Dutch Oven Sourdough

I have been making bread for years now, and am now consistently happy for the most part with the loaves I turn out. While I'm no pro, I can bake up some pretty tasty loaves and rolls whenever I feel like it. One thing had been eluding me however, an artisan-type loaf with a deeply golden, crackling crust, one that shatters into millions of shards when cutting in. I've tried so many different recipes in the past, but they invariably turn out pale, anemic looking loaves with a soft, uninspiring crust. Well, no more! I finally did it, out of my own home oven I pulled this gorgeous, crusty loaf. I may have heard angels singing...

This is a beautiful and simple recipe, there is mixing involved but no real kneading. It takes a bit of time to rise, seeing as there is not commercial yeast involved, as well as the fact that my apartment is sometimes  a bit chilly, but there is very little hands on time at all. 

I have seen plenty of recipes in the past that call for baking bread in a Dutch oven and how well this can mimic a commercial steam-injection oven, but for whatever reason I never got around to trying it before. When I came across this recipe on The Clever Carrot however, and saw her beautiful finished loaves I decided that it was finally time to try it for myself. I can now say that it worked! I was able to pull out of my very own oven, a blistered, deeply golden brown boule of sourdough bread. As it cooled on the counter I was even able to hear the crust "cracking" as it cooled, music to my ears and such a happy sound.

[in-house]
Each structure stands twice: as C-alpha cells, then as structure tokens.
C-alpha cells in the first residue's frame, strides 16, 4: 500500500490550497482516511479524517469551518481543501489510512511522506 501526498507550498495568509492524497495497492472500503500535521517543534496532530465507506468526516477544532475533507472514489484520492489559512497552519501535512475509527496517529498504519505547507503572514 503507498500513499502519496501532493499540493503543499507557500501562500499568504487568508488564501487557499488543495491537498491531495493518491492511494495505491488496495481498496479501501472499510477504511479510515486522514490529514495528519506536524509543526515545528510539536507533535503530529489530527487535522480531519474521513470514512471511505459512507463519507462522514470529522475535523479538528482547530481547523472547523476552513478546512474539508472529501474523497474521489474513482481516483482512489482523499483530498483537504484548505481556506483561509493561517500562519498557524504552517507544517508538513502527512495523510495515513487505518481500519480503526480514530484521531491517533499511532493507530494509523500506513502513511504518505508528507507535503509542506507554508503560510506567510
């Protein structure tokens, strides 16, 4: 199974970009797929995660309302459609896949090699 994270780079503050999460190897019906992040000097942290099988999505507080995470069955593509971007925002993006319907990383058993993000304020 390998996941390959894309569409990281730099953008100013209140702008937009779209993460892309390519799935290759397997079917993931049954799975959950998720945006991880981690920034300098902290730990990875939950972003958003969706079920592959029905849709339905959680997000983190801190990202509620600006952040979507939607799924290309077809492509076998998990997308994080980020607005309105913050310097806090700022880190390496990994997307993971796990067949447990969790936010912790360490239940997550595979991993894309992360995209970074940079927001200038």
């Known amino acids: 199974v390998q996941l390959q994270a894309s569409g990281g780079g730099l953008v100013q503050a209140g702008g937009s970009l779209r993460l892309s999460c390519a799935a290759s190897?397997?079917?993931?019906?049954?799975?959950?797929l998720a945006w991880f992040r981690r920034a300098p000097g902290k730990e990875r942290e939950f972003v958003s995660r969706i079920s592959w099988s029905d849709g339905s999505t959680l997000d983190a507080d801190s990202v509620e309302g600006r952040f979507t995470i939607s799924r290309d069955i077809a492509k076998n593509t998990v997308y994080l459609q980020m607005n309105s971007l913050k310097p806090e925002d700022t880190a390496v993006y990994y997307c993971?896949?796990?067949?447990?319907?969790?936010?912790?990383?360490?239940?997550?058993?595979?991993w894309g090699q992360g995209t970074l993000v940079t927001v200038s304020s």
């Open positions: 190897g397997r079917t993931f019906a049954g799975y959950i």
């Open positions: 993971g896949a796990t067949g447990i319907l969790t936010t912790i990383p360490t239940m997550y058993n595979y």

I know the instructions below are quite long, but it truly is not a difficult recipe. It looks more intense than it actually is, in reality it's actually quite a simple recipe. Check out The Clever Carrot for if you'd like some great photos to go along with the instructions below. Happy Baking!


Dutch Oven Sourdough
From The Clever Carrot

  • 5.35 oz / 150g active, fed starter
  • 8.80 oz / 250g water, preferably filtered
  • .90 oz / 25g olive oil
  • 17.65 oz / 500g bread flour (not all purpose)
  • .35 oz / 10g fine sea salt
  • fine ground cornmeal, for dusting

To make the dough: In a large bowl, combine the starter, water, olive oil and bread flour. Squish everything together with your hands until all of the flour is absorbed. It will be a fairly firm dough. Cover and rest (autolyse) for 30 minutes.

Add the salt + ½ tsp. of water (to help it dissolve). Lift and fold the dough over itself several times, and squish with your hands to incorporate. The dough will tear slightly as you fold, and the salt will not fully dissolve. Don't worry- this is normal. Work the dough as best you can until it comes back together into a rough ball. At this point, you shouldn't feel any grains of salt beneath your hands.

Bulk fermentation: Cover your bowl with plastic wrap and leave it in a warm spot to rise. Your dough is ready when it no longer looks dense, and has increased in volume about 1½- 2x its original size. This can take anywhere from 3-12 hours depending on the temperature of your ingredients, the potency of your starter and surrounding environment. (Check out The Clever Carrot for her Winter Weekend Baking schedule if interested in a more detailed schedule).